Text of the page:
Kirkus Reviews
What if they gave a war and nobody came? Or: Is there anyone in the room who’s not in favor of world peace? Schell, the always distraught author of Fate of the Earth (1982) fame, seems to worry that, in the wake of September 11, plenty of his compatriots are ready to trash the planet to root out the perps, responding to an unstable and unfriendly world "by pursuing the anachronistic, Augustan path of empire." Bad idea, Schell enjoins: a lot of people could get hurt, and indeed the whole world could be turned into a smoking husk if "just a few dozen of the world’s thirty thousand or so nuclear weapons" were somehow put to use. Instead, he urges, the way to get justice accomplished is to put the lessons of Gandhi and Martin Luther King Jr. to work: to resist evil through nonviolent means. Granted, the world would be a more just and lovely place if, instead of caving in to Osama bin Laden’s bunch, the Afghan people had "declined to do the will of the conqueror and, taking a further step, organized itself politically to conduct its own business"--but, as George Orwell once observed, people being beaten and bombed are more likely to do whatever it takes to stop their tormentors from causing further harm, including making a few accommodations. Schell is poetic, outraged, and always idealistic, and at times his arguments threaten to sway the skeptic--as when he offers a novel if highly selective reading of the American Revolution, arguing that nonviolent resistance was as important to the rebel cause as Washington’s cannons. Still, even the most starry-eyed reader is likely to wonder at the likelihood of America’s (or, for that matter, al-Qaeda’s) laying down arms just at the moment, or at theutility of confronting a Mohammed Atta with a daisy, or, indeed, whether the present state of affairs is really the path toward "annihilation," or just an unfortunate blip on history’s radar screen. A hortatory blend of wishful thinking and old-fashioned one-world polemic: likely to convince only those already converted to the satyagraha cause.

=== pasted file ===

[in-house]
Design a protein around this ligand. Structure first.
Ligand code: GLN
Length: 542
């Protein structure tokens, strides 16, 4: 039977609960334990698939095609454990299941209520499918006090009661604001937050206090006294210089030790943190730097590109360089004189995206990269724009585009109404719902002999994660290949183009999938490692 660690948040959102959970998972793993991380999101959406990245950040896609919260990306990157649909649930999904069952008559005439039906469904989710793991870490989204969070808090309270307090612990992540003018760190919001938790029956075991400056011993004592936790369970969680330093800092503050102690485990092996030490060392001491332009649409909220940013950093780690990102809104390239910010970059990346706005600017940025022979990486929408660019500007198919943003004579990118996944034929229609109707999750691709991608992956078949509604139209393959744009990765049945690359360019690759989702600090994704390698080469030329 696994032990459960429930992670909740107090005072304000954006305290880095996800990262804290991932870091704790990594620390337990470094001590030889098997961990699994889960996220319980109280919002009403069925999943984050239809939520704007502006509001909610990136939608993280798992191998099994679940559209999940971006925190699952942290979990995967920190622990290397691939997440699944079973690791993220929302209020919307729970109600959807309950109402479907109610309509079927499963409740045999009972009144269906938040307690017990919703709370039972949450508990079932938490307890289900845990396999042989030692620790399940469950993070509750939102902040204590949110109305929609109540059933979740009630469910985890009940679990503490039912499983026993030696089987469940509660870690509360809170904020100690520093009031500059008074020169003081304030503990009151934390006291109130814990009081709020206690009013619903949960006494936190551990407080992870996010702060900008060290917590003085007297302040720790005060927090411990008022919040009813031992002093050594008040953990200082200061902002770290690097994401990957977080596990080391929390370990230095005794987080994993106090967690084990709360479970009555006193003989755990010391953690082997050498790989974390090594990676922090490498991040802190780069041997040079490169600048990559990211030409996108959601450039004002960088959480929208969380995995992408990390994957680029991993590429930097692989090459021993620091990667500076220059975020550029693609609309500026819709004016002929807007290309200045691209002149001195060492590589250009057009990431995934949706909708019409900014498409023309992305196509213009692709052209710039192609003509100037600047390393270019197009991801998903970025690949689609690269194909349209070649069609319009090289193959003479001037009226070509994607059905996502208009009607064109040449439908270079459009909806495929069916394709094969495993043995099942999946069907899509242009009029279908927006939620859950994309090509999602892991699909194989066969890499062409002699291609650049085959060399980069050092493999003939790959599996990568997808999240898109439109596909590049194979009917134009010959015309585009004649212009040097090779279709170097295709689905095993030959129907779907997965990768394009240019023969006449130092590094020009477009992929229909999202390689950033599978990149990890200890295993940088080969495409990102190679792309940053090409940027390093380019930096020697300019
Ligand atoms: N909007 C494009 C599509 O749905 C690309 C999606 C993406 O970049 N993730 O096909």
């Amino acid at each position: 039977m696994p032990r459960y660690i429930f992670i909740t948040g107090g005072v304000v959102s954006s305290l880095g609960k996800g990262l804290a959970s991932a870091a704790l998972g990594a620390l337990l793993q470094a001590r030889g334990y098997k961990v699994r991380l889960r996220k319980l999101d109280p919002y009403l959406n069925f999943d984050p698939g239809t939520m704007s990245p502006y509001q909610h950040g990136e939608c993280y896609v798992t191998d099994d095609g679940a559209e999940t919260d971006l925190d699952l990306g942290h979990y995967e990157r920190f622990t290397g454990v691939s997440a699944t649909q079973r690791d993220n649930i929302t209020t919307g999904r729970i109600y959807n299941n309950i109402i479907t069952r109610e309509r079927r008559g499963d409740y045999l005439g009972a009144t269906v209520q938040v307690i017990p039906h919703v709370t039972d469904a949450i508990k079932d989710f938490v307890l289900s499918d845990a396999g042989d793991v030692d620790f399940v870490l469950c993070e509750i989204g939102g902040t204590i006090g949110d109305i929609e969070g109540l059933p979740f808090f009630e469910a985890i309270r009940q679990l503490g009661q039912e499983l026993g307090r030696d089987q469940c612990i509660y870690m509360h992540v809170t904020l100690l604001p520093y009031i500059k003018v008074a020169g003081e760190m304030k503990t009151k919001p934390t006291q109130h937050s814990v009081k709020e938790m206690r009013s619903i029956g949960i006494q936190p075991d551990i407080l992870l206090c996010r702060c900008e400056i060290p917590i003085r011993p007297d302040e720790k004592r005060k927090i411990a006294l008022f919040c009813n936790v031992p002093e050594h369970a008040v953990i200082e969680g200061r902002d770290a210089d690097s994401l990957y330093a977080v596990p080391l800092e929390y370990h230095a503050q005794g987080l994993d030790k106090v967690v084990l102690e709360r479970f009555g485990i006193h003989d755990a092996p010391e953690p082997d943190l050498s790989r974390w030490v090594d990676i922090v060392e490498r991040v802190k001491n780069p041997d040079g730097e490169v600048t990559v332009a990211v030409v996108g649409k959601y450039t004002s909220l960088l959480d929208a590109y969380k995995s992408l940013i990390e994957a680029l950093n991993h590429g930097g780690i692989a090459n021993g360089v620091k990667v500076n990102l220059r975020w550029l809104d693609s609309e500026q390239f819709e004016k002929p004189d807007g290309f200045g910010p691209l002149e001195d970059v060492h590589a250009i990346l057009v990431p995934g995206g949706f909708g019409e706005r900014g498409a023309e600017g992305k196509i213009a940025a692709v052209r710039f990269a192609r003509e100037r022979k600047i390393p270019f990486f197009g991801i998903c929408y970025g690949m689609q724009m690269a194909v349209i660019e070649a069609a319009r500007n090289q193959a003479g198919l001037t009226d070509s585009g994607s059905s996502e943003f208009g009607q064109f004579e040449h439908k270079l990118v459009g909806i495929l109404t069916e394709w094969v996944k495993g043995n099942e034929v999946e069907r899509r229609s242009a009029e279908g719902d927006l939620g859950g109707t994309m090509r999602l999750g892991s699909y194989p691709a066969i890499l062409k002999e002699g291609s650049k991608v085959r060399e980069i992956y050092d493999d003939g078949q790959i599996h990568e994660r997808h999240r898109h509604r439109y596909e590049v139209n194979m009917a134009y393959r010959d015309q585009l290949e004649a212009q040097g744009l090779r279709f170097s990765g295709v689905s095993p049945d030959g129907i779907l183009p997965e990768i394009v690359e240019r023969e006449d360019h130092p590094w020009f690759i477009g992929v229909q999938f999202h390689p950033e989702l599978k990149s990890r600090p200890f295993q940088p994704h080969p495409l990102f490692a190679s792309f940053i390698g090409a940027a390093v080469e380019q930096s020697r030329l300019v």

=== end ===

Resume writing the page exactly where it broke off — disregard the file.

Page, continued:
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Product Details

  • ISBN-13: 9780805044577
  • Publisher: Holt, Henry & Company, Inc.
  • Publication date: 7/1/2004
  • Edition description: First Edition
  • Edition number: 1
  • Pages: 448
  • Sales rank: 704,953
  • Product dimensions: 5.50 (w) x 8.50 (h) x 1.00 (d)

Meet the Author

Author of groundbreaking works, including The Fate of the Earth, The Village of Ben Suc, and The Gift of Time (0-8050-5961-X), Jonathan Schell is a regular contributor to Harper's, Foreign Affairs, and The Nation. He lives in New York City.

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Read an Excerpt

From The Unconquerable World:

The twentieth century produced the most extreme violence that the human species had ever visited upon itself. It was natural—indeed, a necessity—that people would react against that violence, would seek ways to overcome it, to escape it, to go around it, to replace it. In earlier times, violence had been seen as the last resort when all else had failed. But in the twentieth century, a new problem forced itself on the human mind: What was the resort when that last resort had bankrupted itself? Was there a resort beyond the “final” resort? Nuclear deterrence and people’s war were two groping, improvised, incomplete attempts to find answers to this question.

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Table of Contents

Introduction: The Towers and the Wall 1
Pt. 1 Violence 11
1 The Rise and Fall of the War System 13
2 "Nuclear War" 47
3 People's War 63
Pt. 2 Nonviolence 101
4 Satyagraha 103
5 Nonviolent Revolution, Nonviolent Rule 143
6 The Mass Minority in Action: France and Russia 164
7 Living in Truth 186
8 Cooperative Power 216
Pt. 3 The Civil State 233
9 The Liberal Democratic Revival 235
10 Liberal Internationalism 265
11 Sovereignty 280
Pt. 4 The Shapes of Things to Come 303
12 Niagara 305
13 The Logic of Peace 332
Notes 389
Acknowledgments 415
Index 417